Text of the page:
This effect is evident as compared FIG. 30 that shows VSWR characteristics of the case where the gaps 70 are provided with FIG. 31 that shows VSWR characteristics of the case where the gaps 70 are not provided. That is, as shown in FIG. 31, VSWR characteristics in the high resonance frequency bands of 1940 MHz and 2150 MHz in the case where the gaps 70 are not provided are 3.19 and 3.60, respectively. On the other hand, as shown in FIG. 30, VSWR characteristics in the high resonance frequency bands of 1940 MHz and 2150 MHz in the case where the gaps 70 are provided are improved to 2.11 and 2.46, respectively, and the bands are widened. Also, in a gain in a horizontal plane, in the bands of the high resonance frequencies of 1940 MHz and 2150 MHz in the case where the gaps 70 are not provided, the respective gains are −5.25 dBi and −5.36 dBi. In the bands of the high resonance frequencies of 1940 MHz and 2150 MHz in the case where the gaps 70 are provided, the respective gains are improved to −2.01 dBi and −2.22 dBi. In this case, when the interval between the gaps 70 is increased, the coupling capacity is decreased, the wavelength reduction effect is increased. Therefore, it is preferable to appropriately set the interval in the gaps.

FIG. 32 shows a seventeenth embodiment of the invention. In this case, arc-shaped notched portions 72 for screws are provided at four corners of the insulative resin plate 64. This embodiment has a structure that avoids mechanical interference with the screws 74 for fixing a radome covering the planar antenna. Therefore, the outer circumferential portion of the radiating electrode 66 is not necessarily square, and may be approximately square.

FIG. 33 shows an eighteenth embodiment of the invention. Here, the same members as those shown in FIG. 29 are denoted by the same reference numerals, and the repetitive description will be omitted. In this case, chip capacitors 76 are interposed in the gaps 70 that are provided in the cross-shaped portion of the radiating electrode 66 shown in FIG. 29. With this configuration, a coupling capacity can be arbitrarily set, and the low resonance frequency can arbitrarily shifted so as to close to the high resonance frequency, which improves the characteristics of the high resonance frequency.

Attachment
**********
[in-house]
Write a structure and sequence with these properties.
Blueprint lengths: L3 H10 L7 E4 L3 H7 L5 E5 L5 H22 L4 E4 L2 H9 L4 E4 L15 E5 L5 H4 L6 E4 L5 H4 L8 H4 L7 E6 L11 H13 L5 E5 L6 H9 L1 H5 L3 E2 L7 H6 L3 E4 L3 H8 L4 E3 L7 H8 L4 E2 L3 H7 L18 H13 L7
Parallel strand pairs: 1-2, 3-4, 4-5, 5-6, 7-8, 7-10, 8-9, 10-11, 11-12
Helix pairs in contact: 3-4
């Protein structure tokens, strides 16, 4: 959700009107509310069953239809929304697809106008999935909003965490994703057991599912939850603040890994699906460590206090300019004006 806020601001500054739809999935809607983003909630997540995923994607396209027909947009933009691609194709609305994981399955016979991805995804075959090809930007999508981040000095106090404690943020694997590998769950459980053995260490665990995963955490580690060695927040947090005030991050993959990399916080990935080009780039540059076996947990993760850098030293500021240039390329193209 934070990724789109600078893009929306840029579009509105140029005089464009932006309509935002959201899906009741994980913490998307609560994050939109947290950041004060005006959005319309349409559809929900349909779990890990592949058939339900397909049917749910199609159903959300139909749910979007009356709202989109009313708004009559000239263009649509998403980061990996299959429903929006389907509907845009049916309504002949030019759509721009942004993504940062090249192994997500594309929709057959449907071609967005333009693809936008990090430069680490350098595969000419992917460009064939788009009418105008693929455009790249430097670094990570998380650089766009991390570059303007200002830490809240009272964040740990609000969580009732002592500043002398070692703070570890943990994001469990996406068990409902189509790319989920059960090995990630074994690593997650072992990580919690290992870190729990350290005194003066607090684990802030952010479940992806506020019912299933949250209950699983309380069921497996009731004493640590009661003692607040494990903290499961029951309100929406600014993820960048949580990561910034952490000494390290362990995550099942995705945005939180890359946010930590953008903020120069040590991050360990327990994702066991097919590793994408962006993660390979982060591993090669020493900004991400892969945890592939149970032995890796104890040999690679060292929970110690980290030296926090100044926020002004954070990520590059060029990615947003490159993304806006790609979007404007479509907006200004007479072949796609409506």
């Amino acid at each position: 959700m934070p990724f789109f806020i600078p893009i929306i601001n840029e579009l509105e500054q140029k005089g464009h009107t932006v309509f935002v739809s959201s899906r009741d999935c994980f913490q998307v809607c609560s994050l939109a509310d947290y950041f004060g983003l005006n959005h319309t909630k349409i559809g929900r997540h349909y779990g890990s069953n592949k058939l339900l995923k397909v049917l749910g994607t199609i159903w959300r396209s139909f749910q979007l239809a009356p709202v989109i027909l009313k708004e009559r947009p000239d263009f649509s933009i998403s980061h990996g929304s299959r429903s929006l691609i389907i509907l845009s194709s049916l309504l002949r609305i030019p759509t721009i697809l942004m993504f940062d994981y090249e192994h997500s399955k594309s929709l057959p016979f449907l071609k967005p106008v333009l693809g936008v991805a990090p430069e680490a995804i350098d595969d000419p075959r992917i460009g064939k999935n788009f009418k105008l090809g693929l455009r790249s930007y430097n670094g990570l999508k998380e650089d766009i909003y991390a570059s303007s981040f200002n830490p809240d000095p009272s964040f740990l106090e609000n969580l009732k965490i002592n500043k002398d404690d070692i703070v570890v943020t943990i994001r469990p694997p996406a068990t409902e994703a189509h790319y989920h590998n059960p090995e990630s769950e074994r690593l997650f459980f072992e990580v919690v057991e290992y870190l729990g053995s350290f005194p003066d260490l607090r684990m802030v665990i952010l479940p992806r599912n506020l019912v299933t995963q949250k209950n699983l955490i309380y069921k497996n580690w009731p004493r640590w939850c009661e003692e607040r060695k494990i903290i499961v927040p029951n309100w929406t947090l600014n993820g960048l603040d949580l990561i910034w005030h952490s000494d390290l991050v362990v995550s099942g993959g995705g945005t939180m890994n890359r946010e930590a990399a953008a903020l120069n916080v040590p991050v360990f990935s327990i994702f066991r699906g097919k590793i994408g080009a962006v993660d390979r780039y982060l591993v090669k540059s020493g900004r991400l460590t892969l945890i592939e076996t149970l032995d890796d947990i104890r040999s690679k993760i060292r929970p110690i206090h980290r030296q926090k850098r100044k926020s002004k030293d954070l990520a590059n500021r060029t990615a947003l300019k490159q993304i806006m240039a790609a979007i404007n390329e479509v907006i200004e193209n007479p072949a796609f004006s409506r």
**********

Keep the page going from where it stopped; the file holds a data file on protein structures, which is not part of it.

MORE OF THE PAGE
FIG. 34 shows a nineteenth embodiment of the invention. Here, the same members as those shown in FIG. 29 are denoted by the same reference numerals, and the repetitive description will be omitted. In this embodiment, conductive members of the cross-shaped portions of the radiating electrode 66 are cut at the locations close to the corner portions so as to form the gaps, and chip inductors 78 are interposed in the gaps. With this configuration, the chip inductors 78 serve as extension coils, and thus it is possible to obtain an effect of decreasing the high resonance frequency. Accordingly, it is possible to obtain the same effect as that in the case where the meander elements are interposed at the locations where the chip inductors 78 are interposed. In order to most effectively achieve the function of the chip inductors 78 as the extension coils, the chip inductors are preferably provided at the locations where the maximum current flows in the resonance operation at the high resonance frequency.

Although only some exemplary embodiments of the invention have been described in detail above, those skilled in the art will readily appreciated that many modifications are possible in the exemplary embodiments without materially departing from the novel teachings and advantages of the invention. Accordingly, all such modifications are intended to be included within the scope of the invention.

The disclosures of Japanese Patent Application Nos. 2006-13684 filed Jan. 23, 2006 and 2007-10047 filed Jan. 19, 2007 including specifications, drawings and claims are incorporated herein by reference in their entirety.

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Referenced by
Citing PatentFiling datePublication dateApplicantTitle
US8248308Feb 9, 2011Aug 21, 2012Kabushiki Kaisha ToshibaCoupler apparatus
US8723750Sep 14, 2010May 13, 2014World Products, Inc.Optimized conformal-to-meter antennas
Classifications
U.S. Classification343/846, 343/700.0MS
International ClassificationH01Q1/38
Cooperative ClassificationH01Q5/0051, H01Q9/0421, H01Q9/36, H01Q9/0442, H01Q1/243, H01Q13/10
European ClassificationH01Q5/00K2C4, H01Q9/04B2, H01Q9/36, H01Q13/10, H01Q1/24A1A, H01Q9/04B4
Legal Events
DateCodeEventDescription
Sep 12, 2012FPAYFee payment
Year of fee payment: 4
Jan 22, 2007ASAssignment
Owner name: YOKOWO CO, LTD., JAPAN
Free format text: ASSIGNMENT OF ASSIGNORS INTEREST;ASSIGNORS:UTAGAWA, NAOAKI;CHIGIRA, KATSUMI;SAMPO, TAKESHI;AND OTHERS;REEL/FRAME:018832/0364
Effective date: 20070119